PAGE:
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The Term ‘Riding Shotgun’ Comes From the Old West

Ian Harvey
Photo Credit: Robert Alexander / Getty Images
Photo Credit: Robert Alexander / Getty Images

In modern times, saying you are “riding shotgun” means you want to ride in the front seat next to the driver of the vehicle. This term has been around a lot longer than most of us realize. The saying can also mean that you support someone in an action they are taking, whether in a physical sense or in an emotional way.

The saying comes from the American Wild West, where it meant that you were really riding with a person and had a shotgun with you.  This was important for stagecoach trips across hostile and dangerous territory – the person riding shotgun was often a guard of some kind.  Initially, this person was referred to as a shotgun messenger, which was the slang name for an express messenger from the time stagecoaches were a popular mode of transportation.

drawing of a stage coach
Riding shotgun. The driver is holding the whip next to the shotgun messenger. World Railway Publ. Co., Illustration, 1895. (Photo Credit: Universal History Archive / Universal Images Group via Getty Images)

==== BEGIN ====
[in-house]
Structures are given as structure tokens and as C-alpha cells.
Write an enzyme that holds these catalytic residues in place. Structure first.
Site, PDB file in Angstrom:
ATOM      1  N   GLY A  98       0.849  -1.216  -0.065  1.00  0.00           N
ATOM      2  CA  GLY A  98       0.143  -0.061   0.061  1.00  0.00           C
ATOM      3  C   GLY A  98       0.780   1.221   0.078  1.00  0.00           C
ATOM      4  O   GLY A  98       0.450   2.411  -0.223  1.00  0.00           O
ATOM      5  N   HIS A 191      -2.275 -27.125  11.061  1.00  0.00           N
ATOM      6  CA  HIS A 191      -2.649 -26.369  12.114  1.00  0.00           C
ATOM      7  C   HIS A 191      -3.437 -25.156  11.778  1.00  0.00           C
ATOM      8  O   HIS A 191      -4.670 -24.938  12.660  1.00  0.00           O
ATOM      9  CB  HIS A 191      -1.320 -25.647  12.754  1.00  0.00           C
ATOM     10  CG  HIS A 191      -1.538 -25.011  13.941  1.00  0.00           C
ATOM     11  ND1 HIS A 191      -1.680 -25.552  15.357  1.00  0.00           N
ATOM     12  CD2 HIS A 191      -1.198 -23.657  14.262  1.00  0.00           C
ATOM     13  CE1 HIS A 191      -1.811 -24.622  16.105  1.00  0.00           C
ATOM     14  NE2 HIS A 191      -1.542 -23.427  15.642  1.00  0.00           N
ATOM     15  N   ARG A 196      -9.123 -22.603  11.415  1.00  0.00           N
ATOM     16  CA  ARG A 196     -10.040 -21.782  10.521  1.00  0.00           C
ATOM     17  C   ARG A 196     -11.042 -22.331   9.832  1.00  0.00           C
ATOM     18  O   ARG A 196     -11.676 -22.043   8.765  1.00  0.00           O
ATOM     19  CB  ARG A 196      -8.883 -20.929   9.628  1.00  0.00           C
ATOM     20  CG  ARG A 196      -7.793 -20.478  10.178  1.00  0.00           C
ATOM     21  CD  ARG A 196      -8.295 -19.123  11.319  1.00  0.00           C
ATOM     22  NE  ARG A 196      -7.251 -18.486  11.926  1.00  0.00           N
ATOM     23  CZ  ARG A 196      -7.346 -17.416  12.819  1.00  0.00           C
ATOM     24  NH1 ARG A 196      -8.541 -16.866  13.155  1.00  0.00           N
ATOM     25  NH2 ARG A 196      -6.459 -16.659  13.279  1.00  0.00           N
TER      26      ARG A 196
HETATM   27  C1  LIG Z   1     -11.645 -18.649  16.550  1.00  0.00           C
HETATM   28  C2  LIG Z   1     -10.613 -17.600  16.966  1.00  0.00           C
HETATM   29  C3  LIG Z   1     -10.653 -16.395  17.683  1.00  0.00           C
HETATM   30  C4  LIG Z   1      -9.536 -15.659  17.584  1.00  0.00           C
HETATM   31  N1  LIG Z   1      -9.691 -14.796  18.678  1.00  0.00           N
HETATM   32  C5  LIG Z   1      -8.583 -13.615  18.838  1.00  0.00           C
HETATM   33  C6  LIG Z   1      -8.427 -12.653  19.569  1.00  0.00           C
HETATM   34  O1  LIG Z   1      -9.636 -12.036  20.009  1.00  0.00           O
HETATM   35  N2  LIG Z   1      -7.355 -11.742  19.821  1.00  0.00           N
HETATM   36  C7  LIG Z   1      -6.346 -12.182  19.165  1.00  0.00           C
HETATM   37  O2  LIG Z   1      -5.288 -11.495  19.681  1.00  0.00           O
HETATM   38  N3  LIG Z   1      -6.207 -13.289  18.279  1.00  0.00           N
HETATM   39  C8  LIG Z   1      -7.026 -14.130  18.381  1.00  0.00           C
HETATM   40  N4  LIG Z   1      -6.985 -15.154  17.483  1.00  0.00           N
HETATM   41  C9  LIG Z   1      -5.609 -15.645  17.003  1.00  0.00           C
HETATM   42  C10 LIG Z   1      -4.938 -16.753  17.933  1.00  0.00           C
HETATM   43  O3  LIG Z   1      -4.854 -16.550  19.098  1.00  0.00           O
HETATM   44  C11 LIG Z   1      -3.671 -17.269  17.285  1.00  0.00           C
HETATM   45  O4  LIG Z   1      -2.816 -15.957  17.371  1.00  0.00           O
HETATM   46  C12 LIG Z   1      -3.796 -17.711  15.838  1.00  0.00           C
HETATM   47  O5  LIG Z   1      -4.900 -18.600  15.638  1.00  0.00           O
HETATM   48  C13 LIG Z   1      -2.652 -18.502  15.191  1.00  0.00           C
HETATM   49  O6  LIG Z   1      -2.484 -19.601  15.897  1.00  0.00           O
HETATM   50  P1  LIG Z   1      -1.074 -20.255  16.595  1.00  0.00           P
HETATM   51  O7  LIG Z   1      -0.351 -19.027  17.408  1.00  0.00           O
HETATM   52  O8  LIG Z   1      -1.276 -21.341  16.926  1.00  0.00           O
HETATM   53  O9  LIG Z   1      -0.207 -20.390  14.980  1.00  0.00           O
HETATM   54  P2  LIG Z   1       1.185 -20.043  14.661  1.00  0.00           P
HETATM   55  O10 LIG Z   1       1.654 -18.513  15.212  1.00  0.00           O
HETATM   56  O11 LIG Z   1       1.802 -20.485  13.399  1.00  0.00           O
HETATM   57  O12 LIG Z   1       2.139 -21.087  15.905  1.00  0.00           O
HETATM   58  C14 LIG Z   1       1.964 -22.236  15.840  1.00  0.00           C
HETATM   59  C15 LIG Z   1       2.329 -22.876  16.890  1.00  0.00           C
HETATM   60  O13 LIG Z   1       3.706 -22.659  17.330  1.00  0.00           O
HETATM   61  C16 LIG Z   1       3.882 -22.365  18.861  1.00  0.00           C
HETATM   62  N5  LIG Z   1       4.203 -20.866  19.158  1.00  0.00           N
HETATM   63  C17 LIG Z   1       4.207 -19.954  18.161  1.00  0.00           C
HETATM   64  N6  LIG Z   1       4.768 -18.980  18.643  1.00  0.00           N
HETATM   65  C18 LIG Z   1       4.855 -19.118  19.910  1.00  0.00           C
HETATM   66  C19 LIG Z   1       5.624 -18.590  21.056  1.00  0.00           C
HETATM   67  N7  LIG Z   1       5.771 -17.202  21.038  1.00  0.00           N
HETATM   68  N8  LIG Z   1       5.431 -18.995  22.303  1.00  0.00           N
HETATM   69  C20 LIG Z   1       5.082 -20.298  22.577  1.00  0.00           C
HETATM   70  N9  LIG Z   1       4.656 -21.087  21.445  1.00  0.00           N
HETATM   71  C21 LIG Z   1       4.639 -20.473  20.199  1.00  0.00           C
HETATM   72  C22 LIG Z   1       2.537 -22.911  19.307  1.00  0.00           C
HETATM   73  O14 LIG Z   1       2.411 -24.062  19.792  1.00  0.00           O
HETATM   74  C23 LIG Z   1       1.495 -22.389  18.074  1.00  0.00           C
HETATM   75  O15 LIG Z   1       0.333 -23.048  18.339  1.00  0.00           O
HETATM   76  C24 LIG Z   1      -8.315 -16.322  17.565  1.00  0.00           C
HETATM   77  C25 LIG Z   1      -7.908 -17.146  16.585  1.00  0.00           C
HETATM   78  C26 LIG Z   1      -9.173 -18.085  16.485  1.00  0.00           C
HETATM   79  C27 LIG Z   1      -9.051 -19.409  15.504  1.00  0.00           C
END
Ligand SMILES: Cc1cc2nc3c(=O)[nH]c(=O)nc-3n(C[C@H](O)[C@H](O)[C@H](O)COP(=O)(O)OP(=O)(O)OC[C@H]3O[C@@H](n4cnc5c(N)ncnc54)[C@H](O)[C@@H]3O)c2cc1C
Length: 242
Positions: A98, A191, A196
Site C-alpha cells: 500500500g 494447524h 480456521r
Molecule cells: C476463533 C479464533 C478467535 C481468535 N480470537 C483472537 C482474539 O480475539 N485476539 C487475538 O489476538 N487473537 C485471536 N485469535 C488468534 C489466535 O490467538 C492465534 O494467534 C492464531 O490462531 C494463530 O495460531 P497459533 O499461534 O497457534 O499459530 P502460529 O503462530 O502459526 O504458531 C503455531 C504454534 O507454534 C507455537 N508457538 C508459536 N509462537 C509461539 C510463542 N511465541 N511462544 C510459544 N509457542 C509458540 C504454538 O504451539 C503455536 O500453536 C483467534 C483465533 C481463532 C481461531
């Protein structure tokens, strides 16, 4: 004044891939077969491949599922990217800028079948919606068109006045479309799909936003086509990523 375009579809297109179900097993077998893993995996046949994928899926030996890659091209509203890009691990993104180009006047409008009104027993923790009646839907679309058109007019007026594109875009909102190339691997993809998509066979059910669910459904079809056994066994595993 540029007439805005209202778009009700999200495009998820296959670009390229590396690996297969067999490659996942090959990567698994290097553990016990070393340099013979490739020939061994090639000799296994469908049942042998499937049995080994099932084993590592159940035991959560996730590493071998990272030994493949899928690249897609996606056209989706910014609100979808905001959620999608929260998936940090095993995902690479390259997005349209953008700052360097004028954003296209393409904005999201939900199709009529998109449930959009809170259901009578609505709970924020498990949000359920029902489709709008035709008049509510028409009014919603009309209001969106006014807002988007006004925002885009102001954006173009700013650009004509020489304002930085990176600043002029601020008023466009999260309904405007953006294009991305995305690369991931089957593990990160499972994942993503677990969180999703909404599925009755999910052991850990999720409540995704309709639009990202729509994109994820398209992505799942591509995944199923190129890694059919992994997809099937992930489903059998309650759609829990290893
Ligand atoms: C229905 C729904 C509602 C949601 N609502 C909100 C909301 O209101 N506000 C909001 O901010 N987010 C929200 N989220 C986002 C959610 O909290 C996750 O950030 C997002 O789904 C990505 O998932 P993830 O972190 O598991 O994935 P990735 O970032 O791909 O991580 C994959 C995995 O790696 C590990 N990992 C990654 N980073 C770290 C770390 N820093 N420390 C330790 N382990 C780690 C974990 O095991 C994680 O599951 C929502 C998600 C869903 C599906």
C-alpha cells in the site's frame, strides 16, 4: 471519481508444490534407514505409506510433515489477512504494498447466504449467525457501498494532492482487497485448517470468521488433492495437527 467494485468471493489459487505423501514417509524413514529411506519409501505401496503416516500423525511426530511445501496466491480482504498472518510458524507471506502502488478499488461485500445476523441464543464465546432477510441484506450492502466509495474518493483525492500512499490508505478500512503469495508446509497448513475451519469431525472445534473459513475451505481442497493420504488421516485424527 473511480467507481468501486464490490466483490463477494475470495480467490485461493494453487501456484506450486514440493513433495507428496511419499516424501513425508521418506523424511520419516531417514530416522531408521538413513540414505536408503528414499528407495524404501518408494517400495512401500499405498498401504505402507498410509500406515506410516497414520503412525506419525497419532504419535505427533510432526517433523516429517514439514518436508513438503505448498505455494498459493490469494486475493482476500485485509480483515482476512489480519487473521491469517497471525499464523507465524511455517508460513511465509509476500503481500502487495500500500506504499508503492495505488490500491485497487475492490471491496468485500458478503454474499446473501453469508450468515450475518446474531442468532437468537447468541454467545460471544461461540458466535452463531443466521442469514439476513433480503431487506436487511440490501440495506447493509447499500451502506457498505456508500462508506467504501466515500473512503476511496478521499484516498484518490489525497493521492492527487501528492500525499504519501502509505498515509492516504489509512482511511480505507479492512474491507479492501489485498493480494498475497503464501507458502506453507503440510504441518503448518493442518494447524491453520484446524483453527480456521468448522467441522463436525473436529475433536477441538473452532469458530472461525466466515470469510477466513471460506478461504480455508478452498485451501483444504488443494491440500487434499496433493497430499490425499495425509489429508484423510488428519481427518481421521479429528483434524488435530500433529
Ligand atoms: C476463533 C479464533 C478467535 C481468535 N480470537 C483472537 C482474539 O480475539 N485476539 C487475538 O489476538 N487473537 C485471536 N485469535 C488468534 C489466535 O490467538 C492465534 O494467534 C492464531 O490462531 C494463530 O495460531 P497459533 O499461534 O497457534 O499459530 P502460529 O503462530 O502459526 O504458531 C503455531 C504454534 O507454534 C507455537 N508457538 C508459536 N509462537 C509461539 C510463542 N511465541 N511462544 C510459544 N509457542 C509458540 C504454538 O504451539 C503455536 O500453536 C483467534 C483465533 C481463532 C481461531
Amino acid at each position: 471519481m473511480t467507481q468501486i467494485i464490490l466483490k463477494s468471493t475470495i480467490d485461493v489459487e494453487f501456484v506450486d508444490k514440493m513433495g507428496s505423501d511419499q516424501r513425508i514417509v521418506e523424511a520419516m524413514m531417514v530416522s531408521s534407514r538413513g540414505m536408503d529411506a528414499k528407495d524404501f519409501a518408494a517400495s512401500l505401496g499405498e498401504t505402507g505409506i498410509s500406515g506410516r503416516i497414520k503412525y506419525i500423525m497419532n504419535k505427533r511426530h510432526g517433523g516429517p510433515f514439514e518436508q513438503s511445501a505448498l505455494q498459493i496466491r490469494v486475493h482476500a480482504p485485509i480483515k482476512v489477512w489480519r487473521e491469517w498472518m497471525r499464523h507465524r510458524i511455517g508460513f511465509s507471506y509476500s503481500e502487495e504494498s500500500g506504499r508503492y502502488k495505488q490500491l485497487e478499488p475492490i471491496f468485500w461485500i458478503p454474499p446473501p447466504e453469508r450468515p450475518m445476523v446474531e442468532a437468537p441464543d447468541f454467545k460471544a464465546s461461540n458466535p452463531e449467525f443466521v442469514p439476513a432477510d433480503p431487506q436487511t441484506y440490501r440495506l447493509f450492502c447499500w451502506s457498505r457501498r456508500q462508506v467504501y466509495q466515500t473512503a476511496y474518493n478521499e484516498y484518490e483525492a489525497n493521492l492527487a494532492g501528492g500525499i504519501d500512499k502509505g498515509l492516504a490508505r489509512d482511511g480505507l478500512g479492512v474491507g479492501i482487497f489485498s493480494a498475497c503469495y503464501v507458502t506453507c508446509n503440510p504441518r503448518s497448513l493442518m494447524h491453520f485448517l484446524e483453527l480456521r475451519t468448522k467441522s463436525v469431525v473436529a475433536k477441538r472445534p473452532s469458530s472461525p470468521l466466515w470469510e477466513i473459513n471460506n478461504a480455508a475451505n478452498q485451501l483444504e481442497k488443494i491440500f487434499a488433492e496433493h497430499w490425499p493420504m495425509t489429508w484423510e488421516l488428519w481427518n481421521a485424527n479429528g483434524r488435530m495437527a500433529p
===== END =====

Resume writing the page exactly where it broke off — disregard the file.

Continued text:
The modern phrase, “riding shotgun,” didn’t appear until 1919. The term may have first been recorded in a newspaper story published in the Ogden Examiner. It was later used many times in print and film when depicting wagons and stagecoaches under threat or attack by bandits.  Sometimes those “riding shotgun” are depicted as armed employees of the company sending the bullion and cash for wages or as transfers between banks. They would often have a short shotgun or rifle. If a stagecoach didn’t have an armed person in the “shotgun” seat, then the stagecoach was only carrying passengers. You do have to wonder, though, how many stagecoaches sneaked across the countryside with bullion on board and no visible guard next to the stagecoach driver.

A historical example of a person riding shotgun was in 1881 on a Kinnear & Company stagecoach carrying $26,000 of silver bullion. They were heading for the town of Tombstone, which was the location of the nearest freight terminal. Eli “Budd” Philpot was riding shotgun on this trip. Just outside Contention City, three cowboys attempted to rob the stagecoach; Philpot was shot dead, and the coach horses ran out of control for over a mile before calming down.

A stagecoach in Tombstone, Arizona,
A stagecoach in Tombstone, Arizona, circa 1882. (Photo Credit: Underwood Archives/Getty Images)

When Wells, Fargo & Co. became a regular stagecoach service, they began to issue their guards a “coach gun,” which was a 10 or 12-gauge double-barreled short shotgun.

More from us: These ‘Facts’ about the Old West Are a Little Too Wild! Here’s Why

Wyatt Earp had a job as a shotgun messenger for the Wells Fargo stagecoach company until he was appointed a sheriff. He did this for approximately two years, and then his brother took over from him.

Ian Harvey

Ian Harvey is one of the authors writing for The Vintage News